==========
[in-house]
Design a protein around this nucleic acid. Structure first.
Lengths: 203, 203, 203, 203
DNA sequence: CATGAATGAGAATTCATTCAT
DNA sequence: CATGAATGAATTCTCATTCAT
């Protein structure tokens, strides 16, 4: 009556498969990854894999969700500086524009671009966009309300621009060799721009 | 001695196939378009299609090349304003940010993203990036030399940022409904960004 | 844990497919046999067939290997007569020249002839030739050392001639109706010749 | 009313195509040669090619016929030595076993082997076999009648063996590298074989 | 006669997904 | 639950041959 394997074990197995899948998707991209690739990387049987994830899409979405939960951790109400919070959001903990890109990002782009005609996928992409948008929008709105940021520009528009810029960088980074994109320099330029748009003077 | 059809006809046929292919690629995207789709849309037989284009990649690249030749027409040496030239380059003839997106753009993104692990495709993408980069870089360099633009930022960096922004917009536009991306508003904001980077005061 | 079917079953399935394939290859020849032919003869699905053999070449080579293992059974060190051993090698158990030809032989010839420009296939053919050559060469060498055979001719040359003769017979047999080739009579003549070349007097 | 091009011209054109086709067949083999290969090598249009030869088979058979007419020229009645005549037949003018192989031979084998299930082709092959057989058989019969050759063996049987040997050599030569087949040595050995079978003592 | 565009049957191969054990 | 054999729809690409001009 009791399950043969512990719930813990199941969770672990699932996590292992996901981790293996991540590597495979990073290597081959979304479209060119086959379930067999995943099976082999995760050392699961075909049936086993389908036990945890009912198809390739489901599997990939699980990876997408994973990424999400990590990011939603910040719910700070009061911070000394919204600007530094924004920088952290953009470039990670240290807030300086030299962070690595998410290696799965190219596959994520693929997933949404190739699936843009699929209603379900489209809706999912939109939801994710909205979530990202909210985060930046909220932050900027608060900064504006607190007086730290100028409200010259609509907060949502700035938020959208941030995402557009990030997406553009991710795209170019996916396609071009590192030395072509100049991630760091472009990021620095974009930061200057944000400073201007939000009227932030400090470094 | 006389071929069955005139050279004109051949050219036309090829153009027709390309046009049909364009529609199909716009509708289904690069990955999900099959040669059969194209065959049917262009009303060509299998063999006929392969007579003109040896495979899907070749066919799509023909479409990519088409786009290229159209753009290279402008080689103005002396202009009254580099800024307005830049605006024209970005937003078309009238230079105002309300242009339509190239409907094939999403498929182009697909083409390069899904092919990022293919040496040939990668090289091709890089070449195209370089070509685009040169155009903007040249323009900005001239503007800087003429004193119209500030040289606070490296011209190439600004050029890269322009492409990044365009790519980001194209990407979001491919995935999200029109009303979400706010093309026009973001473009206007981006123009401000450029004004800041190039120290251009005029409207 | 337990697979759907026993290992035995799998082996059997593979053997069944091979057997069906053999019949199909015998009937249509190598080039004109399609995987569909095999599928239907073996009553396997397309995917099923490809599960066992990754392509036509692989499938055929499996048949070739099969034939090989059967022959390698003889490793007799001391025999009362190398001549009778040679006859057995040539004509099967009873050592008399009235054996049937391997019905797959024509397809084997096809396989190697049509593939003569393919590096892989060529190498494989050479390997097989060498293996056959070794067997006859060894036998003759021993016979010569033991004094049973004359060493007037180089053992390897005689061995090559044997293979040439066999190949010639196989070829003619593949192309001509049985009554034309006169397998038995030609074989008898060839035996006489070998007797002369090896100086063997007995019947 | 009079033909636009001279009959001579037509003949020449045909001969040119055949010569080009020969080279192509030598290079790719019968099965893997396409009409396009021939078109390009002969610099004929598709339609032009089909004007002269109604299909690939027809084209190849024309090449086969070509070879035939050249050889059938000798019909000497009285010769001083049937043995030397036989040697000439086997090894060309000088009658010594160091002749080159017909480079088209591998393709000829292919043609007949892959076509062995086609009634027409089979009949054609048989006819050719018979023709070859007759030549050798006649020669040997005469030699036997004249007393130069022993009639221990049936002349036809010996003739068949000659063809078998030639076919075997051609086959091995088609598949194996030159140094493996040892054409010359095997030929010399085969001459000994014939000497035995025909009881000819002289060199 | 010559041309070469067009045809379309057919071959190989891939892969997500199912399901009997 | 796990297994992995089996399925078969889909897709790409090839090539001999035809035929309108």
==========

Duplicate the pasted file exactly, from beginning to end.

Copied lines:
[in-house]
Design a protein around this nucleic acid. Structure first.
Lengths: 203, 203, 203, 203
DNA sequence: CATGAATGAGAATTCATTCAT
DNA sequence: CATGAATGAATTCTCATTCAT
């Protein structure tokens, strides 16, 4: 009556498969990854894999969700500086524009671009966009309300621009060799721009 | 001695196939378009299609090349304003940010993203990036030399940022409904960004 | 844990497919046999067939290997007569020249002839030739050392001639109706010749 | 009313195509040669090619016929030595076993082997076999009648063996590298074989 | 006669997904 | 639950041959 394997074990197995899948998707991209690739990387049987994830899409979405939960951790109400919070959001903990890109990002782009005609996928992409948008929008709105940021520009528009810029960088980074994109320099330029748009003077 | 059809006809046929292919690629995207789709849309037989284009990649690249030749027409040496030239380059003839997106753009993104692990495709993408980069870089360099633009930022960096922004917009536009991306508003904001980077005061 | 079917079953399935394939290859020849032919003869699905053999070449080579293992059974060190051993090698158990030809032989010839420009296939053919050559060469060498055979001719040359003769017979047999080739009579003549070349007097 | 091009011209054109086709067949083999290969090598249009030869088979058979007419020229009645005549037949003018192989031979084998299930082709092959057989058989019969050759063996049987040997050599030569087949040595050995079978003592 | 565009049957191969054990 | 054999729809690409001009 009791399950043969512990719930813990199941969770672990699932996590292992996901981790293996991540590597495979990073290597081959979304479209060119086959379930067999995943099976082999995760050392699961075909049936086993389908036990945890009912198809390739489901599997990939699980990876997408994973990424999400990590990011939603910040719910700070009061911070000394919204600007530094924004920088952290953009470039990670240290807030300086030299962070690595998410290696799965190219596959994520693929997933949404190739699936843009699929209603379900489209809706999912939109939801994710909205979530990202909210985060930046909220932050900027608060900064504006607190007086730290100028409200010259609509907060949502700035938020959208941030995402557009990030997406553009991710795209170019996916396609071009590192030395072509100049991630760091472009990021620095974009930061200057944000400073201007939000009227932030400090470094 | 006389071929069955005139050279004109051949050219036309090829153009027709390309046009049909364009529609199909716009509708289904690069990955999900099959040669059969194209065959049917262009009303060509299998063999006929392969007579003109040896495979899907070749066919799509023909479409990519088409786009290229159209753009290279402008080689103005002396202009009254580099800024307005830049605006024209970005937003078309009238230079105002309300242009339509190239409907094939999403498929182009697909083409390069899904092919990022293919040496040939990668090289091709890089070449195209370089070509685009040169155009903007040249323009900005001239503007800087003429004193119209500030040289606070490296011209190439600004050029890269322009492409990044365009790519980001194209990407979001491919995935999200029109009303979400706010093309026009973001473009206007981006123009401000450029004004800041190039120290251009005029409207 | 337990697979759907026993290992035995799998082996059997593979053997069944091979057997069906053999019949199909015998009937249509190598080039004109399609995987569909095999599928239907073996009553396997397309995917099923490809599960066992990754392509036509692989499938055929499996048949070739099969034939090989059967022959390698003889490793007799001391025999009362190398001549009778040679006859057995040539004509099967009873050592008399009235054996049937391997019905797959024509397809084997096809396989190697049509593939003569393919590096892989060529190498494989050479390997097989060498293996056959070794067997006859060894036998003759021993016979010569033991004094049973004359060493007037180089053992390897005689061995090559044997293979040439066999190949010639196989070829003619593949192309001509049985009554034309006169397998038995030609074989008898060839035996006489070998007797002369090896100086063997007995019947 | 009079033909636009001279009959001579037509003949020449045909001969040119055949010569080009020969080279192509030598290079790719019968099965893997396409009409396009021939078109390009002969610099004929598709339609032009089909004007002269109604299909690939027809084209190849024309090449086969070509070879035939050249050889059938000798019909000497009285010769001083049937043995030397036989040697000439086997090894060309000088009658010594160091002749080159017909480079088209591998393709000829292919043609007949892959076509062995086609009634027409089979009949054609048989006819050719018979023709070859007759030549050798006649020669040997005469030699036997004249007393130069022993009639221990049936002349036809010996003739068949000659063809078998030639076919075997051609086959091995088609598949194996030159140094493996040892054409010359095997030929010399085969001459000994014939000497035995025909009881000819002289060199 | 010559041309070469067009045809379309057919071959190989891939892969997500199912399901009997 | 796990297994992995089996399925078969889909897709790409090839090539001999035809035929309108």